#Fields: date time s-ip cs-method cs-uri-stem cs-uri-query s-port cs-username c-ip cs(User-Agent) cs(Referer) sc-status sc-bytes cs-bytes time-taken

The original version of The Webalizer can process CLF log files, as well as HTTP proxy log files produced by Squid servers. Other log file formats are usually converted to CLF in order to be analyzed. Some of the forks listed in the External Links section below are capable of processing IIS and Apache log files without having to convert them to CLF first.

== Command line == The Webalizer is a command line application and is launched from the OS shell prompt. A typical command is shown below.

webalizer -p -F clf -n en.wikipedia.org -o reports logfiles/access_log

This command instructs The Webalizer to analyze the log file access_log, run in the incremental mode (-p), interpret the log as a CLF log file (-F), use the domain name en.wikipedia.org for report links (-n) and produce the output subdirectory of the current directory. Use the -h option to see the complete list of command line options.

Configuration[edit]

Besides the command line options, the Webalizer may be configured through parameters of a configuration file. By default, The Webalizer reads the file webalizer.conf and interprets each line as a processing instruction. Alternatively, a user-specified file may be provided using the -c option.

For example, if the webmaster would like to ignore all requests made from a particular group of hosts, he or she can use the IgnoreSite parameter to discard all log records with the IP address matching the specified pattern:

IgnoreSite        192.168.0.*

There are over one hundred available configuration parameters, which make The Webalizer a highly configurable web traffic analysis application. For a complete list of configuration parameters please refer to the README file shipped with every source or binary distribution.

Reports[edit]

By default, The Webalizer produces two kinds of reports - a yearly summary report and a detailed monthly report, one for each analyzed month.

The yearly summary report provides such information as the number of hits, file and page requests, hosts and visits, as well as daily averages of these counters for each month. The report is accompanied by a yearly summary graph.

Each of the monthly reports is generated as a single HTML page containing a monthly summary report (listing the overall number of hits, file and page requests, visits, hosts, etc.), a daily report (grouping these counters for each of the days of the month), an aggregated hourly report (grouping counters for the same hour of each day together), a URL report (grouping collected information by URL), a host report (by IP address), website entry and exit URL reports (showing most common first and last visit URLs), a referrer report (grouping the referring third-party URLs leading to the analyzed website), a search string report (grouping items by search terms used in such search engines as Google), a user agent report (grouping by the browser type) and a country report (grouping by the host's country of origin).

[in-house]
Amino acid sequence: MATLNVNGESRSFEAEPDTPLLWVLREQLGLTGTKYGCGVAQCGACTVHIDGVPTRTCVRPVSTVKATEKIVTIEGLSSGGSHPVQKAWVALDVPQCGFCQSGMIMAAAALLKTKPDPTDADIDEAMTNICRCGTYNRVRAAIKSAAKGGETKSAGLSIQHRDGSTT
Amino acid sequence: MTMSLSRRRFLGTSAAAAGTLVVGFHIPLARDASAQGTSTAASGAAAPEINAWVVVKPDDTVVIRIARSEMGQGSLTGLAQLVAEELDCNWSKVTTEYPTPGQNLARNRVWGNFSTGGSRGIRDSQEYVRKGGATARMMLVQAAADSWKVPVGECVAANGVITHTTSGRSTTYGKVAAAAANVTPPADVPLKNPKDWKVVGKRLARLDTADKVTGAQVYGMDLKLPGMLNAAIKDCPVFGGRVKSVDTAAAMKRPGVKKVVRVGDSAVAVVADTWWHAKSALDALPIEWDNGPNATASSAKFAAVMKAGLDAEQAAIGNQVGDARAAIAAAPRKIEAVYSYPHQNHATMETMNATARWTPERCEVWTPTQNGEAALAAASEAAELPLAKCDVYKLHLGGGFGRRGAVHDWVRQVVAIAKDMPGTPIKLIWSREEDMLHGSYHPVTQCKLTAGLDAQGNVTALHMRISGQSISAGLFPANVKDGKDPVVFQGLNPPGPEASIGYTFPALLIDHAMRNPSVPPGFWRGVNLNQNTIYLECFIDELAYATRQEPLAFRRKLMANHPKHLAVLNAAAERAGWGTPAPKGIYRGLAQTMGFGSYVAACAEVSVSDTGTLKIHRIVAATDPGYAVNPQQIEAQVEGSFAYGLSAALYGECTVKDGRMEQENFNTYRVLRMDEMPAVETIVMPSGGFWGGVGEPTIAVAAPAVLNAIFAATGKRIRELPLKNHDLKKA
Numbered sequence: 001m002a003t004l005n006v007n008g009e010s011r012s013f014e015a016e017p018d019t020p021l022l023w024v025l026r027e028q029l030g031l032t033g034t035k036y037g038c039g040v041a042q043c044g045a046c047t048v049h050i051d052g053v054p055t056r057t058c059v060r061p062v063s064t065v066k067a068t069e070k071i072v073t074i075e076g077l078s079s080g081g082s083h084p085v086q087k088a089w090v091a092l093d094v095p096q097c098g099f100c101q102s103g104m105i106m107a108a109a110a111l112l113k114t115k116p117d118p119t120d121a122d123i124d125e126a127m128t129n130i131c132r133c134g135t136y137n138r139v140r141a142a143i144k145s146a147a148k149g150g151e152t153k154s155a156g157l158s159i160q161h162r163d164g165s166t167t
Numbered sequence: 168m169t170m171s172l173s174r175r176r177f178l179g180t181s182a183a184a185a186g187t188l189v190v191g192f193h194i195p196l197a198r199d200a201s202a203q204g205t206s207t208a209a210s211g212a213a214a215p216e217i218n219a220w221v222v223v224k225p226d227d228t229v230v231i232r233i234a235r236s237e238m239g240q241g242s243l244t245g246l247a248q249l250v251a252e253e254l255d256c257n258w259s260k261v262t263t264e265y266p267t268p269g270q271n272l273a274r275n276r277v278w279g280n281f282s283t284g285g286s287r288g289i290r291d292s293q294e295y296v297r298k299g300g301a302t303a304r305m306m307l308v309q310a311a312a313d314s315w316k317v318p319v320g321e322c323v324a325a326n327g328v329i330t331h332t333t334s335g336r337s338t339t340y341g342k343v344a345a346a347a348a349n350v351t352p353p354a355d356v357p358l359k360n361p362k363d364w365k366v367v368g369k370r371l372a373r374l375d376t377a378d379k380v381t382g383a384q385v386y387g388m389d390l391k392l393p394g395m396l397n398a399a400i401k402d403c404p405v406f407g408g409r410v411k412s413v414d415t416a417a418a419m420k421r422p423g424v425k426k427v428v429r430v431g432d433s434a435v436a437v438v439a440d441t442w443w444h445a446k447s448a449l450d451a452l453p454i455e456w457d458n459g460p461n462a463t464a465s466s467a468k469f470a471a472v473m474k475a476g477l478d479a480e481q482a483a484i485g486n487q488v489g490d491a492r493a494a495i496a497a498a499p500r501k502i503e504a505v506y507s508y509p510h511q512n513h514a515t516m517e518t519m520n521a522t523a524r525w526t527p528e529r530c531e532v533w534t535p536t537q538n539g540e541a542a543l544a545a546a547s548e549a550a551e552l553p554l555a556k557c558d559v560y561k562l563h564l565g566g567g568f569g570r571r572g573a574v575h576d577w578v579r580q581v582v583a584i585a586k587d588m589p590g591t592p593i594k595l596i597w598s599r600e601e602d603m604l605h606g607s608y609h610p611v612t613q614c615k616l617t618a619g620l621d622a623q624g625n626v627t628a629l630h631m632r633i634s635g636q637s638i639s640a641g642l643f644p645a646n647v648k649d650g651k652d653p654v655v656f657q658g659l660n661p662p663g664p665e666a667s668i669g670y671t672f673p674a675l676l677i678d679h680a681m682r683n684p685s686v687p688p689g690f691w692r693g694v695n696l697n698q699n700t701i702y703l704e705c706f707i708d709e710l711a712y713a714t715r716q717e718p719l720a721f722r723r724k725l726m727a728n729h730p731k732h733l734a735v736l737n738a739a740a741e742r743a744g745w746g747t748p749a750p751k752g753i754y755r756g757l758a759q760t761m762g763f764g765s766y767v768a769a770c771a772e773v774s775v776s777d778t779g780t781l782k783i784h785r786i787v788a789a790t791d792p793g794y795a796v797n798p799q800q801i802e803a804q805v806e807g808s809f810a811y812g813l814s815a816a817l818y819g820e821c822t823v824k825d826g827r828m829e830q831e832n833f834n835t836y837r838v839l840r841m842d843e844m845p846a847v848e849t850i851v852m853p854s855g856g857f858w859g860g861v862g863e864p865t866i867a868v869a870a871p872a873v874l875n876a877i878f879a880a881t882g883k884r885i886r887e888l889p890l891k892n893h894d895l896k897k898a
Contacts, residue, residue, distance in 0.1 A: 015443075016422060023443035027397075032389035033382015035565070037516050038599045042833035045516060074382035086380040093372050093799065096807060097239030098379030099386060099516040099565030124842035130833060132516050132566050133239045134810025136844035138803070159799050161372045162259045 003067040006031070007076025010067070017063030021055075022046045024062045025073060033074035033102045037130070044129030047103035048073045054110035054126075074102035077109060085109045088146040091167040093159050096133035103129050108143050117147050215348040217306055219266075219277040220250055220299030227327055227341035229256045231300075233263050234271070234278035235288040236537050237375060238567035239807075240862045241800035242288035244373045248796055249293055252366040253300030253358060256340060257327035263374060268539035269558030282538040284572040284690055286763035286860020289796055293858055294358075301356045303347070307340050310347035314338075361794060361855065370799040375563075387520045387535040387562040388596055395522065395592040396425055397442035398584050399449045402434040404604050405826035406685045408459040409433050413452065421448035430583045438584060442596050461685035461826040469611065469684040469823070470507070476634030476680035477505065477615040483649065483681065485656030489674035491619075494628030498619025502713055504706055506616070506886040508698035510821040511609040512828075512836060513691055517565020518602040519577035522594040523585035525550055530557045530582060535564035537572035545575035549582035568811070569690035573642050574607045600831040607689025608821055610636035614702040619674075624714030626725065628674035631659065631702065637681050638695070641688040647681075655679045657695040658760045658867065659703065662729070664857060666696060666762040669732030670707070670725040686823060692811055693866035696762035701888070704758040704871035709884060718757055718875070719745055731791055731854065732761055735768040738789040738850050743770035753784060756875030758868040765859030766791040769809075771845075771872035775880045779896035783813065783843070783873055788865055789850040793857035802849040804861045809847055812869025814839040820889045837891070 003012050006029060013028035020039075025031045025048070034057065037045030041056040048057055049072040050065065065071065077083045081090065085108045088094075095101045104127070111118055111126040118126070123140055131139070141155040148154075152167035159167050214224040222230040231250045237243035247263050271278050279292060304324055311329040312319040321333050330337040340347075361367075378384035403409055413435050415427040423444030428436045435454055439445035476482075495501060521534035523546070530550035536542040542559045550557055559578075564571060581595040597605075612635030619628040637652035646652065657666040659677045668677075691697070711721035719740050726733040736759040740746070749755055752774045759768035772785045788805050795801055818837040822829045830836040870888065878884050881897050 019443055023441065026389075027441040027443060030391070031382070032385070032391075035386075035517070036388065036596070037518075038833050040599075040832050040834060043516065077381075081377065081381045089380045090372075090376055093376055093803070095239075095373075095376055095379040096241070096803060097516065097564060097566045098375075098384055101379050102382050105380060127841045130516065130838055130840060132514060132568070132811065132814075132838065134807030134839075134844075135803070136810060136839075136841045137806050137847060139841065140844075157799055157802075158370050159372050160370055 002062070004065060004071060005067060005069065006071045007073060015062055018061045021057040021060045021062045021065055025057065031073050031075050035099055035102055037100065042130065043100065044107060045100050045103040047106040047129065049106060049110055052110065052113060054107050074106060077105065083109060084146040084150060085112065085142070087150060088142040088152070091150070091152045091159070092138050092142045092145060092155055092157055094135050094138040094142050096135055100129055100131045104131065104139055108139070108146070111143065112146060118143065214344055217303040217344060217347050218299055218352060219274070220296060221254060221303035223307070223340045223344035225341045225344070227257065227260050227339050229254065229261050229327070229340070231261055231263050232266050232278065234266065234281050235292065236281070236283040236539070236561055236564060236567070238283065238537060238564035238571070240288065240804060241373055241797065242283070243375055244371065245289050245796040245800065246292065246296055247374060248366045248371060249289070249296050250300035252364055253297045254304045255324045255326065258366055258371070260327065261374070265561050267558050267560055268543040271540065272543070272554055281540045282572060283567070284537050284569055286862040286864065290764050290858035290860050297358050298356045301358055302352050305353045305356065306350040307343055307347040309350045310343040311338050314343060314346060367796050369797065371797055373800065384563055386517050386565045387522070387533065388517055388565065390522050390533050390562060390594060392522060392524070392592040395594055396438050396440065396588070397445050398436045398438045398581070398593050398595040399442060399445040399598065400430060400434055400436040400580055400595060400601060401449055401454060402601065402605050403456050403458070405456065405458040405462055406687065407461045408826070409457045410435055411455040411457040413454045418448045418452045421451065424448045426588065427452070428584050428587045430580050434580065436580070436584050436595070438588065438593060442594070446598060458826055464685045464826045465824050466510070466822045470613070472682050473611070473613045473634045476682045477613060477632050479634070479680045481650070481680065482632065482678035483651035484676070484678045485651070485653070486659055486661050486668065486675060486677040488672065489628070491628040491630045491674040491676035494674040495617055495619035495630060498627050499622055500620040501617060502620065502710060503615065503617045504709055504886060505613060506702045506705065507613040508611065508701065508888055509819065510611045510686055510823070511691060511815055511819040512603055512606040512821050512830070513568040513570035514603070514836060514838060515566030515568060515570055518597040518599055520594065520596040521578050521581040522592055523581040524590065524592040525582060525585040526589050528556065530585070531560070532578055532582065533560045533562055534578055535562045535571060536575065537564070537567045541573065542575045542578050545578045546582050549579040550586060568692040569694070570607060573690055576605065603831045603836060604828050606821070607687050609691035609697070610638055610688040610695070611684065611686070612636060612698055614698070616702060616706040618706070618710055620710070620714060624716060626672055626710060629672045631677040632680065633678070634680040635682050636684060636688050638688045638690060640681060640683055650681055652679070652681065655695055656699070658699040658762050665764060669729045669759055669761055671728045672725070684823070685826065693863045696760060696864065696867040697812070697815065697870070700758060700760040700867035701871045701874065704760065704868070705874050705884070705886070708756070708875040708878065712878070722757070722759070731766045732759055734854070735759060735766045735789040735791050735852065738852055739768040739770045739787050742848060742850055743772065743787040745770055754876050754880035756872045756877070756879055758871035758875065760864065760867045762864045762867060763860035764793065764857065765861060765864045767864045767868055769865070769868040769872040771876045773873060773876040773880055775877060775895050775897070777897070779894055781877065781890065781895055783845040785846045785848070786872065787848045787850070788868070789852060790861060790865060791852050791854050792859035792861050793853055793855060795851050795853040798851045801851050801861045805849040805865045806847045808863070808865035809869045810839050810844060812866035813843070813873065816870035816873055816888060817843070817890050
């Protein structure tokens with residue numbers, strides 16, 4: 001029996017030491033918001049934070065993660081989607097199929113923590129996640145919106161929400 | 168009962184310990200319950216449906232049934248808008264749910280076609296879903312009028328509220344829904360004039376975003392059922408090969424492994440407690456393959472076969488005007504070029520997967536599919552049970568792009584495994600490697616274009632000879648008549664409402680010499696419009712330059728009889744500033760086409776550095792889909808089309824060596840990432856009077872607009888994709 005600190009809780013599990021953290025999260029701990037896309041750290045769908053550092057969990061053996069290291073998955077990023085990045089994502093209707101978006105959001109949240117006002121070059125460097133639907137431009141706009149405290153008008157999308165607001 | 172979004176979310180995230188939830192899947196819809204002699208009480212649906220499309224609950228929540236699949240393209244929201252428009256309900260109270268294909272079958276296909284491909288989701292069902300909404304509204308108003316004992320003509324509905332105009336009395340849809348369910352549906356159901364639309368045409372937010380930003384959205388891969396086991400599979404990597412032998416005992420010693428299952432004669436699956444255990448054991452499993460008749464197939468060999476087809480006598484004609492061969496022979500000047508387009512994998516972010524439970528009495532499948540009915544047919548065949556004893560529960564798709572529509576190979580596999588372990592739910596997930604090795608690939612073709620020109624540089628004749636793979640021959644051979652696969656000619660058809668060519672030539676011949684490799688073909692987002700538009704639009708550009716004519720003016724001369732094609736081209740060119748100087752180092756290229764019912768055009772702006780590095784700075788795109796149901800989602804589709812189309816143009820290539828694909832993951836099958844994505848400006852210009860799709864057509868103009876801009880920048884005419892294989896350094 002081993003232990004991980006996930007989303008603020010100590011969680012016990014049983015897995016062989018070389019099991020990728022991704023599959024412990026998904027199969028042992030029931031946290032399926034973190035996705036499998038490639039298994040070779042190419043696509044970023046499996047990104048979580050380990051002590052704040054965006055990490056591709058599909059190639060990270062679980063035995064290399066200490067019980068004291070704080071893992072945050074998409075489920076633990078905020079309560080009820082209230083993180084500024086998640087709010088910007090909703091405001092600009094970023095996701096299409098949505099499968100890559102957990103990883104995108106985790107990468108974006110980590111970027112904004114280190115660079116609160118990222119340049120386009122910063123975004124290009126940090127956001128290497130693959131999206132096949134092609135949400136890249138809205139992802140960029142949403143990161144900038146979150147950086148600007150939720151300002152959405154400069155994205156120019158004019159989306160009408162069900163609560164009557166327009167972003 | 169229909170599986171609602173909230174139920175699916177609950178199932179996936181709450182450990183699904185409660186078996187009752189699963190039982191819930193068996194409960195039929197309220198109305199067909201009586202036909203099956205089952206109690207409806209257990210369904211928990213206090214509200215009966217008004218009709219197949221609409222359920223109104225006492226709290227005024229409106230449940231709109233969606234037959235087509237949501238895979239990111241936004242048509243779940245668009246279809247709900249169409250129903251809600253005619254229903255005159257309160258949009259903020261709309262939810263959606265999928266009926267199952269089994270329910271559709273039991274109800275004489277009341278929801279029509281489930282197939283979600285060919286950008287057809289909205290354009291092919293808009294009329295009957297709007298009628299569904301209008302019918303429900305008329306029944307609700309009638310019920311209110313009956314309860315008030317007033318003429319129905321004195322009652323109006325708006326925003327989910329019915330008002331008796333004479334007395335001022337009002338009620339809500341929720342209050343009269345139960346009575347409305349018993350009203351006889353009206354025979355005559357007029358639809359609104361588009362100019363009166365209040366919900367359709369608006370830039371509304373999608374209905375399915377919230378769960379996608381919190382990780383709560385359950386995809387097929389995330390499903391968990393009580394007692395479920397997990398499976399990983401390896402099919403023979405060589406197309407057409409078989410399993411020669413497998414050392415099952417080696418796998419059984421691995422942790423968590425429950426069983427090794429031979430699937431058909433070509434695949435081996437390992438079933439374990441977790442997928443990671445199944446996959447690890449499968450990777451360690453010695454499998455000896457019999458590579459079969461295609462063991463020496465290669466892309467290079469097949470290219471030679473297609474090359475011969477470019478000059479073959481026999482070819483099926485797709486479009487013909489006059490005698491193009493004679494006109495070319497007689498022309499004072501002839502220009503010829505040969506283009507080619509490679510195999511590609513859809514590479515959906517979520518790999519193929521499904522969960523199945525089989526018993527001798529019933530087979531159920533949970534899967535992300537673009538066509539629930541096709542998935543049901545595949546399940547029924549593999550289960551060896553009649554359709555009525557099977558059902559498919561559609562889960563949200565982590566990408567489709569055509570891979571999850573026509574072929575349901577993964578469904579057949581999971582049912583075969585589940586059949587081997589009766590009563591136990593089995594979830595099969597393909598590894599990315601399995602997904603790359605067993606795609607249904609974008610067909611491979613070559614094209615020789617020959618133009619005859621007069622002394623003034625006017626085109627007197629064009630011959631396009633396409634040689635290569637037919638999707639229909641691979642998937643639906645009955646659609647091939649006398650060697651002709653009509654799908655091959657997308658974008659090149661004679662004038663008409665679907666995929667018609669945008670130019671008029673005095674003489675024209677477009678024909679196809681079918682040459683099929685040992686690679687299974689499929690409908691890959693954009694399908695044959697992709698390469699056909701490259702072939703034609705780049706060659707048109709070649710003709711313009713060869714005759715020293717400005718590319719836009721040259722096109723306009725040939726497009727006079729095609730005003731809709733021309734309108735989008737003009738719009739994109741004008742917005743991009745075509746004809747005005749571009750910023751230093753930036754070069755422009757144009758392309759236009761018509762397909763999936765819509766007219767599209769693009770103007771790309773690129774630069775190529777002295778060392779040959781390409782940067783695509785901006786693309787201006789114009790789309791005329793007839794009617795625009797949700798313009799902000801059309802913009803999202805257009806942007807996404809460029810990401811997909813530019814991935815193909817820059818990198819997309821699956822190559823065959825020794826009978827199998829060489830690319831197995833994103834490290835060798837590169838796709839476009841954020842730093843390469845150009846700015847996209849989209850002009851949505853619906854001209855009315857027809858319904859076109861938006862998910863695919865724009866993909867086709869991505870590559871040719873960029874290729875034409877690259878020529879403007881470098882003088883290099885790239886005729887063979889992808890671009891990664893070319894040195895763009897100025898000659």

Each of the standard HTML reports described above lists only top entries for each item (e.g. top 20 URLs). The actual number of lines for each of the reports is controlled by configuration. The Webalizer may also be configured to produce a separate report for each of the items, which will list every single item, such as all website visitors, all requested URLs, etc.

In addition to HTML reports, The Webalizer may be configured to produce comma-delimited dump files, which list all of the report data in a plain-text file. Dump files may be imported to spreadsheet applications or databases for further analysis.

Internationalization[edit]

HTML reports may be produced reports in over 30 languages, including Catalan, Croatian, Czech, Danish, Dutch, English, Estonian, Finnish, French, Galician, German, Greek, Hungarian, Icelandic, Indonesian, Italian, Japanese, Korean, Latvian, Malay, Norwegian, Polish, Portuguese, Portuguese (Brazil), Romanian, Russian, Serbian, Simplified Chinese, Slovak, Slovene, Spanish, Swedish, Turkish, Ukrainian.

To generate reports in an alternate language requires a separate webalizer binary compiled specifically for that language.

Criticism[edit]

  • Generated statistics do not differentiate between human visitors and robots. As a result all reported metrics are higher than those due to people alone. Many webmasters claim that webalizer produces highly unrealistic figures of visits, which are sometimes 200 to 900% higher than the data produced by javascript based web statistics such as Google Analytics or StatCounter.
  • Reported hits are too high for download managers with segmented downloads; each 206 "Partial Content" is reported as one hit
  • No query string analysis. Dynamically generated websites can not be listed separately (e.g. PHP pages with arguments).

See also[edit]

External links[edit]